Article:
As a result, Ken Lay is today dead, Skilling is serving a 24-year jail sentence and Fastow is serving a 6-year jail sentence with 2 year community service.

In Satyam, we had Raju (ex-Chairman of Satyam) cook the books alongwith his brother – Rama Raju. We had the CFO – Srinivas Vadlamani sign on documents blindly or so he claims. And we had PwC (Pricewaterhouse Coopers) audit these false accounting statements (more than the Income statement, the Cashflow statement and the balance sheet). Not to mention the independent Directors and top management claiming, they had no clue of what was going on around them. They were caught napping at the right time – it appears! And most of those are esteemed names in the corporate world!

I even saw a movie (I had blogged about it earlier here: https://ecofin.wordpress.com/2006/11/16/corporate-ethics/) on this Enron scandal and what transpired. I am sure in future, there would be movies created on Satyam as well. There was already a Hindi movie I had seen on misdeeds of a cola company in India starring Bipasha Basu and some other ensemble of characters) – the movie was called Corporate – http://www.bollywoodmantra.com/movie-review/corporate-1/. 

I have followed EACH AND EVERY newspaper article and business news channel (my favorites – CNBC TV 18 and NDTV Profit) alongwith all regional dailies and it is sad to say a founder can back stab his own company. What was he thinking? Forget corporate governance, he lacked basic integrity, ethics and values. And after all, how much money does one need? He was easily one of the most respected person’s in the Indian IT service industry before all this happened so could he not have been content with that? That should have been ‘creation of company 101’.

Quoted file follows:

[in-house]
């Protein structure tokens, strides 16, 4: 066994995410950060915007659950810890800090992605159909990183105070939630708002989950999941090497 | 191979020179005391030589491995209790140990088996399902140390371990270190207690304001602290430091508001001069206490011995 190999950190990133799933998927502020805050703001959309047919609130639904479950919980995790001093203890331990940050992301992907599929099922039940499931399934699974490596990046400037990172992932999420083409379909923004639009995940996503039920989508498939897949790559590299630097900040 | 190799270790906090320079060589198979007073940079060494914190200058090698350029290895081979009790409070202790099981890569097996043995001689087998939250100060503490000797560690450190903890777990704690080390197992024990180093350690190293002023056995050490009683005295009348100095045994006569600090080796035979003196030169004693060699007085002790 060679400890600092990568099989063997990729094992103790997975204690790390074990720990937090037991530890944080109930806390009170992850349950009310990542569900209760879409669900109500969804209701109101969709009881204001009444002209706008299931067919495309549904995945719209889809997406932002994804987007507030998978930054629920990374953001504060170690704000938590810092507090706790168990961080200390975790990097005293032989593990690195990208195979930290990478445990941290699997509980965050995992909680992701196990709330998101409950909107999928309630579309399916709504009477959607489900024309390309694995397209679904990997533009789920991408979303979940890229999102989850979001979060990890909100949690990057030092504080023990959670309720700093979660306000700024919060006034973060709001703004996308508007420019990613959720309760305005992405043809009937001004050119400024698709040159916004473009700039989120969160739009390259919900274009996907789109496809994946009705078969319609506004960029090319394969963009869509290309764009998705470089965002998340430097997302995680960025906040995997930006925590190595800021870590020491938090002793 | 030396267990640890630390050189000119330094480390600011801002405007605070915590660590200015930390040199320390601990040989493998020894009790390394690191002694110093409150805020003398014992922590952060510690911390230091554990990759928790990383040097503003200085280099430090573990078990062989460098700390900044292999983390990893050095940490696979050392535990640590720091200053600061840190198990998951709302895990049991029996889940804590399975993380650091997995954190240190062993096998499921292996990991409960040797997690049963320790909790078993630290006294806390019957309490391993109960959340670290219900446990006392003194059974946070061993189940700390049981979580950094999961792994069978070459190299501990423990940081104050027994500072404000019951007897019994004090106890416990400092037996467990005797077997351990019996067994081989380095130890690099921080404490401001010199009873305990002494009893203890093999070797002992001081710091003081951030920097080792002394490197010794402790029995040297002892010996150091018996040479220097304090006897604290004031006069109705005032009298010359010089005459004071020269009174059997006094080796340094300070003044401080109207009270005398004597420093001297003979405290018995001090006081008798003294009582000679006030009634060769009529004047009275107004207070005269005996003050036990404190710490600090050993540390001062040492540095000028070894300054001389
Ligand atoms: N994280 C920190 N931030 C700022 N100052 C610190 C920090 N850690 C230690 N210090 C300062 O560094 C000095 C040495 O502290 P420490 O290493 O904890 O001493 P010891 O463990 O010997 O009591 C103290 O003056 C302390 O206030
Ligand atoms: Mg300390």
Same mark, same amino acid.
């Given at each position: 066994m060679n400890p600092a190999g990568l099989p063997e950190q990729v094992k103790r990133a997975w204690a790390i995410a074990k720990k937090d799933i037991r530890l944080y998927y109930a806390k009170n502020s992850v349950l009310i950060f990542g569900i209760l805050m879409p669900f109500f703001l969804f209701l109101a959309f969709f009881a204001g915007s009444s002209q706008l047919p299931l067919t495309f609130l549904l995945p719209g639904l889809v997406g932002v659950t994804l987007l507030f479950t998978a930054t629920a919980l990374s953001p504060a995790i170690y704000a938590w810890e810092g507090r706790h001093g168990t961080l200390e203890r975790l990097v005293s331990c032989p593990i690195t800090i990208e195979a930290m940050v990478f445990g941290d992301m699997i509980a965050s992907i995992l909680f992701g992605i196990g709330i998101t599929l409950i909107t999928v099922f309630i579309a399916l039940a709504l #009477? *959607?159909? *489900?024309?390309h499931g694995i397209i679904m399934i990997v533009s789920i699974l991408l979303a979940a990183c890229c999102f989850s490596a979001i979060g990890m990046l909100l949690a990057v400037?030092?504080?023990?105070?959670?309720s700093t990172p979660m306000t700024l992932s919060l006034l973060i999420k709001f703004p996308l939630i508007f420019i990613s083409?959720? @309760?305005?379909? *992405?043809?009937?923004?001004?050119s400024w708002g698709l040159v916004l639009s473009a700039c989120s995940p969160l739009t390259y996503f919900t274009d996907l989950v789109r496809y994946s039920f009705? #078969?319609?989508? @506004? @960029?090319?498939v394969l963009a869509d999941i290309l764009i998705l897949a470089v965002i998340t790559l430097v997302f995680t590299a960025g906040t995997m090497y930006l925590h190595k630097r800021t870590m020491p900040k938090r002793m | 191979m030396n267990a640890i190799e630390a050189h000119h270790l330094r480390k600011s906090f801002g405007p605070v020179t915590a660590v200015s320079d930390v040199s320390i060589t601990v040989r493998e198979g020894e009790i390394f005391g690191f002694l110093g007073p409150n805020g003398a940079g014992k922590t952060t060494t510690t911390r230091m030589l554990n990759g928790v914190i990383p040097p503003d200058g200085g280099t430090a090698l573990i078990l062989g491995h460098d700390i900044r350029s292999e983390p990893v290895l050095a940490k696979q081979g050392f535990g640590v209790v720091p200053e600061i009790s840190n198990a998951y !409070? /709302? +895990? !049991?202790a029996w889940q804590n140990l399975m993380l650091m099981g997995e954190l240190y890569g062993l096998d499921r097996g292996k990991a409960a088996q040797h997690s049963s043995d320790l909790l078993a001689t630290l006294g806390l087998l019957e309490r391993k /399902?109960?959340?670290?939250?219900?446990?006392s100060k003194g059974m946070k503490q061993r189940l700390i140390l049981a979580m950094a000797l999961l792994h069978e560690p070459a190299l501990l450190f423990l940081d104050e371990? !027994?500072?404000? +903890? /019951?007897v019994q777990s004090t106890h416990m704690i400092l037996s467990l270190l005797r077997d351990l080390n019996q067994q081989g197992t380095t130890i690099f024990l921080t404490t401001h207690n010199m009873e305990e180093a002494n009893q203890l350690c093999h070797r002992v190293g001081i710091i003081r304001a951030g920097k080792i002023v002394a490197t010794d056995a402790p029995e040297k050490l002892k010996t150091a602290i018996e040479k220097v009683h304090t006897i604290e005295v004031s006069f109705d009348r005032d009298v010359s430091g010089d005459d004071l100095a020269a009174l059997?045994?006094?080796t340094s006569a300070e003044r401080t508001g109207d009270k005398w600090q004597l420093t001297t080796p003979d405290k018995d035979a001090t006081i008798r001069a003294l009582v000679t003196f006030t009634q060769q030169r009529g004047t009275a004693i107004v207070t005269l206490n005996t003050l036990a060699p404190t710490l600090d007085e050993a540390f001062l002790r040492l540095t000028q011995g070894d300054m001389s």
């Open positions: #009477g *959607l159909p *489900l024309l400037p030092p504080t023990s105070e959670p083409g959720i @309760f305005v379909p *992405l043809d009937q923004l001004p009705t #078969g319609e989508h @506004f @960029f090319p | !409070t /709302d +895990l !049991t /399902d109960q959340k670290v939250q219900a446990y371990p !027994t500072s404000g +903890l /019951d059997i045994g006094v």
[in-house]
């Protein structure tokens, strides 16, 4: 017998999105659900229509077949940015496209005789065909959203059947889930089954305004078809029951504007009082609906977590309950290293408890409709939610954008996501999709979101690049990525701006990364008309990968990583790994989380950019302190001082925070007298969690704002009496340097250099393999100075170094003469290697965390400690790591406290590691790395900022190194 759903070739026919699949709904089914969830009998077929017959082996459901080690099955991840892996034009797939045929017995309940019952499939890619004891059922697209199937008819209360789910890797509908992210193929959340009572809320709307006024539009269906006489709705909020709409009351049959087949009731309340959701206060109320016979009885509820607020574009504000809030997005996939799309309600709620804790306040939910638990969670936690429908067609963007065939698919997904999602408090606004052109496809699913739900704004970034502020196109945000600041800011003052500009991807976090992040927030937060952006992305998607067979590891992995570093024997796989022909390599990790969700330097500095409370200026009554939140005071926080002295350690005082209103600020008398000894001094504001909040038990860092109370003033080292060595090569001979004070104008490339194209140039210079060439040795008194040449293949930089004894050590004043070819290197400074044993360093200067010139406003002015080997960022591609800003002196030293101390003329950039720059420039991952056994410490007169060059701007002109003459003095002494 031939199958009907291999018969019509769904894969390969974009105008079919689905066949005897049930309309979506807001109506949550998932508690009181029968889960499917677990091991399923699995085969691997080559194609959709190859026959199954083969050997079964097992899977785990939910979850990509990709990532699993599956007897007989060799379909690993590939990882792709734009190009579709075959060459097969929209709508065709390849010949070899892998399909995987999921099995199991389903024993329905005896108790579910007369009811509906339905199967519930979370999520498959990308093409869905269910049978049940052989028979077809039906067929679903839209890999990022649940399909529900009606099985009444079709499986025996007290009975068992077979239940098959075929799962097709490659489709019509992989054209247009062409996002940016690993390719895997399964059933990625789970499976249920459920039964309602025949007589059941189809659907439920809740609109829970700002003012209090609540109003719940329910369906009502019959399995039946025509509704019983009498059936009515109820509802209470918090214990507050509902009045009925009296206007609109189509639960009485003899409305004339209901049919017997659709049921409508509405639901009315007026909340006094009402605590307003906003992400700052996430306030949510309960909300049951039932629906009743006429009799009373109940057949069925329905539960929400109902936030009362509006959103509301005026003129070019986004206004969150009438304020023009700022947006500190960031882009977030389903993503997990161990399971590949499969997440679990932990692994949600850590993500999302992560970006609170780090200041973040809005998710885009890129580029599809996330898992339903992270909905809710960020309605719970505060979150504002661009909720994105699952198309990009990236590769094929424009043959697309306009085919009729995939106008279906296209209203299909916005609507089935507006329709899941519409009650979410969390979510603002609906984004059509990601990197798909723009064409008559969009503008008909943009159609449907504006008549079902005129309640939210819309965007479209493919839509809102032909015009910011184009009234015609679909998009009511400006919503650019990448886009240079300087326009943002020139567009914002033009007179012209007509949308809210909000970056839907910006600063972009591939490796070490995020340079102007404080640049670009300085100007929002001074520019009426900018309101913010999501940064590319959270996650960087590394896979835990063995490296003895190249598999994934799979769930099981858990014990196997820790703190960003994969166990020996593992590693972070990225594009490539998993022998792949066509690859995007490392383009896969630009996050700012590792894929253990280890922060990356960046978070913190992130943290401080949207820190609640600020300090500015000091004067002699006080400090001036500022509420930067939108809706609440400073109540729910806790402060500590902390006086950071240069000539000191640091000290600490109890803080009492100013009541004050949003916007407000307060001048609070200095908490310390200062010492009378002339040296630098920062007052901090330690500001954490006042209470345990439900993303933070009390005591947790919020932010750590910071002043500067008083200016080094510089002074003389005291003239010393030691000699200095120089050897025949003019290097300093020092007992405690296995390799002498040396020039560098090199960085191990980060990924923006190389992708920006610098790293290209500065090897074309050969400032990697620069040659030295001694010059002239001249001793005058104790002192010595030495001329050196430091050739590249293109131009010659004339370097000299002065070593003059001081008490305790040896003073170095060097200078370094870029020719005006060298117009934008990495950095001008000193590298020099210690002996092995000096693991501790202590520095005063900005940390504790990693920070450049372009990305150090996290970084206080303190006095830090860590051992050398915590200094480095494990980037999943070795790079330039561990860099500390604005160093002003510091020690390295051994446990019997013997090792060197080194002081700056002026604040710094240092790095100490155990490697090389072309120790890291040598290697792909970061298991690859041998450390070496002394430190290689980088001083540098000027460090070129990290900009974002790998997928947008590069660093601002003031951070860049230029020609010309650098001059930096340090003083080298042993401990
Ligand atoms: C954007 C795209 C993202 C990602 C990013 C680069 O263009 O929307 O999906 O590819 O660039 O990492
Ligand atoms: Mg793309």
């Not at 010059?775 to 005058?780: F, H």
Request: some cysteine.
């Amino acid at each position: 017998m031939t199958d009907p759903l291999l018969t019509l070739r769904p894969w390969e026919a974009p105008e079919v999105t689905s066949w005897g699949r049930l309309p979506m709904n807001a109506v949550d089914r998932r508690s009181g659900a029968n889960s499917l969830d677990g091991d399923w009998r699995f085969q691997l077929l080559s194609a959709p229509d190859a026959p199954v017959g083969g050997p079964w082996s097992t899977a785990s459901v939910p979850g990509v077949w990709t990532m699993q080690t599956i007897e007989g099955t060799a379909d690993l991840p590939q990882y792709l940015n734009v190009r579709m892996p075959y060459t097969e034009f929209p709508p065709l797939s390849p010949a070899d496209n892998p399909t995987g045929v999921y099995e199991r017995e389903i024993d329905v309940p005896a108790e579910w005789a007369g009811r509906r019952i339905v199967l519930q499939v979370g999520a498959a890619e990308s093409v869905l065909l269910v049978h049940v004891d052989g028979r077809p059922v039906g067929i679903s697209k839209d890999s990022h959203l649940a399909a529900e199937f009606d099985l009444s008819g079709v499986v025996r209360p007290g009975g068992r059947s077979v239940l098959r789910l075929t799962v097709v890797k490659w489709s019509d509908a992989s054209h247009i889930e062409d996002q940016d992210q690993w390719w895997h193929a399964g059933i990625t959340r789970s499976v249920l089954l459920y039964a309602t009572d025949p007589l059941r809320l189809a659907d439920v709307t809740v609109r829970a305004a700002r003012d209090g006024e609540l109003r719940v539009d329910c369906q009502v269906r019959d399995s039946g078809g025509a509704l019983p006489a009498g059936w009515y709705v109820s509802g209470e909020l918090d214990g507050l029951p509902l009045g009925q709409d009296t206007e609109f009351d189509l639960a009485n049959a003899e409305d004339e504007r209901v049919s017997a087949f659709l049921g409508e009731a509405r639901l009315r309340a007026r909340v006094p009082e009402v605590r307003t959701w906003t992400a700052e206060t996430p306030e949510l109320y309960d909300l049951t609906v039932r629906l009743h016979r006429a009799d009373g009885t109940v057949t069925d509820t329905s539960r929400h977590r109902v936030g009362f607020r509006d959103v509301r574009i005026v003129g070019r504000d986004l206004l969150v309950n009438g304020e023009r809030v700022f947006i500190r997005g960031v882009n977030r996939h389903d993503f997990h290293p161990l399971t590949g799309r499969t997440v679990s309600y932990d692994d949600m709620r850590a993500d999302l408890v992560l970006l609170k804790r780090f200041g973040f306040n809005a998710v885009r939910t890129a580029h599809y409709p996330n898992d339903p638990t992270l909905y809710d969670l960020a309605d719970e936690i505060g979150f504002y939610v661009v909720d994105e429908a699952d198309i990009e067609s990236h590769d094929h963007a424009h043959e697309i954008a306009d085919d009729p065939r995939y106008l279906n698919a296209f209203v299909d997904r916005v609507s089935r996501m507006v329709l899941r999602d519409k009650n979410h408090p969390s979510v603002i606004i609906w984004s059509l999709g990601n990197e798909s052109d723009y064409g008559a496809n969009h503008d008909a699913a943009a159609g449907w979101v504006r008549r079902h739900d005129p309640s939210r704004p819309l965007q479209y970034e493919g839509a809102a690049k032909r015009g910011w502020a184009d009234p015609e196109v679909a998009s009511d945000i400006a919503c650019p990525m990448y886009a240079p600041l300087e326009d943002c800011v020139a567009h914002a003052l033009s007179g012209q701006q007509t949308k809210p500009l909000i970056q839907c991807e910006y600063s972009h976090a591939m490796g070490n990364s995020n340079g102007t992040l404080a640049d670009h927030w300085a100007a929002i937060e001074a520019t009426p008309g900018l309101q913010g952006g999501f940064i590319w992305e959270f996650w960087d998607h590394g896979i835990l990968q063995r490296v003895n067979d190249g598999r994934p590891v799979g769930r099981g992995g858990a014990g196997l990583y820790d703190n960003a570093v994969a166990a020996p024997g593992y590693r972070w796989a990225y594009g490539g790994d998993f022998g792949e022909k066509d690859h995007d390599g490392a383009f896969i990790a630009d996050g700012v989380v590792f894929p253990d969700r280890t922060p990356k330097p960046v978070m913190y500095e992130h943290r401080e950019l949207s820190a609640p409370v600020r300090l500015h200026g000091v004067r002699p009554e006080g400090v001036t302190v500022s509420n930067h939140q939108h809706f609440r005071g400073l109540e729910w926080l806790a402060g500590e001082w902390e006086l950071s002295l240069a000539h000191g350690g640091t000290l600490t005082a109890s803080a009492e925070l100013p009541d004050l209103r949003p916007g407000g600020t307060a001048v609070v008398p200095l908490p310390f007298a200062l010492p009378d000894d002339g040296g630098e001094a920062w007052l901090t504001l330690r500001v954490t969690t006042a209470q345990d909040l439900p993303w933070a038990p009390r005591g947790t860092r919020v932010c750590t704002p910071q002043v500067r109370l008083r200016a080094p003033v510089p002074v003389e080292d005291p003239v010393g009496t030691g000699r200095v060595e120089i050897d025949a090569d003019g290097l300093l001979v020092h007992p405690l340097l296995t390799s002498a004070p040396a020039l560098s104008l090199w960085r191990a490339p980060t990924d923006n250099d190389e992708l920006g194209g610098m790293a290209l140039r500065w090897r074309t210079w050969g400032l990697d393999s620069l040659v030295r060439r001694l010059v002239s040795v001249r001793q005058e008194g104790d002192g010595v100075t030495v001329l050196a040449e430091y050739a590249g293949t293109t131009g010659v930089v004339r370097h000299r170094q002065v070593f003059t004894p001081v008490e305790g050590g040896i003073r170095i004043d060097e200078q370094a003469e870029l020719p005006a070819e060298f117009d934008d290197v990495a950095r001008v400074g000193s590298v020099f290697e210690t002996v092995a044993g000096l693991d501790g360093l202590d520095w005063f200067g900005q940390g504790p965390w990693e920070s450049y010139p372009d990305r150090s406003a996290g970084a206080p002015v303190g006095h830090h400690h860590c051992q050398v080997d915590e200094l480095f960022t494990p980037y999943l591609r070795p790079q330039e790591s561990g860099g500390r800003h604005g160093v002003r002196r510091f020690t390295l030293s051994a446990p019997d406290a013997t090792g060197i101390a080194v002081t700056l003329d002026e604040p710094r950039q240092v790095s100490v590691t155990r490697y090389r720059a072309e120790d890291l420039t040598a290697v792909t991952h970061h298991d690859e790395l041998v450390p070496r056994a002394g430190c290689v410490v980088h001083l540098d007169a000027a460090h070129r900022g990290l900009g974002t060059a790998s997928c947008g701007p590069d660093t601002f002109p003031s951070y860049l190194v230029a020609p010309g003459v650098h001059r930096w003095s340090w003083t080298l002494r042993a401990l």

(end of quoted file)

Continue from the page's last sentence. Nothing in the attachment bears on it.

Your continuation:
3. The UPaid lawsuit against Satyam Computers for an IPR case running since a few years is estimated to be in the region of $ 1 billion if UPaid has their way. While not much is known on this in recent days on its outcome in the Texan court, SAtyam has this as a liability nevertheless. What does this teach Indian IT service companies. This should serve as a reminder call that when you are in the IT service business, you don’t create IP. As a result, when such scandals errupt, you are left with the pieces of dwindling customers, profits, employees – everything. You are losing your only source of income – human capital and customers. Instead, if they at least had IP, they had something intangible that had value that they could have banked on – in times of such crises. Instead, the IP they were involved with also landed them in trouble – like the UPaid/Satyam case of a few years.

Lastly, I strongly believe that other than the fact that our authorities took 3 days to arrest Raju, they have done things at their quickest pace after that. The Indian legal system and the MCA (Ministry of company affairs) have acted swiftly in appointing a new board after sacking the existing board (people would be nuts to trust the existing board after all the ruckus they have created in last 1 month alone).

I salute the Government of India for their speed (finally) and hope they will act to save the future jobs of over 50000 Satyamites and would do well to get the guilty parties to justice as quickly as possible. I have tremendous respect for HDFC Chairman Deepak Parekh who is part of the new Satyam board and hope they do justice to the customers, employees and all stakeholders of Satyam to get them through this difficult phase.

I wish the new board of Satyam the best of luck and hope they can again make it the gem it once was – I also hope and pray that all the Satyamites are secure in their jobs with the current board and am confident the new board will steer a clear path for Satyam to get it to being the prestigious company it once was (after all, it once was a top 4 Indian IT service company!).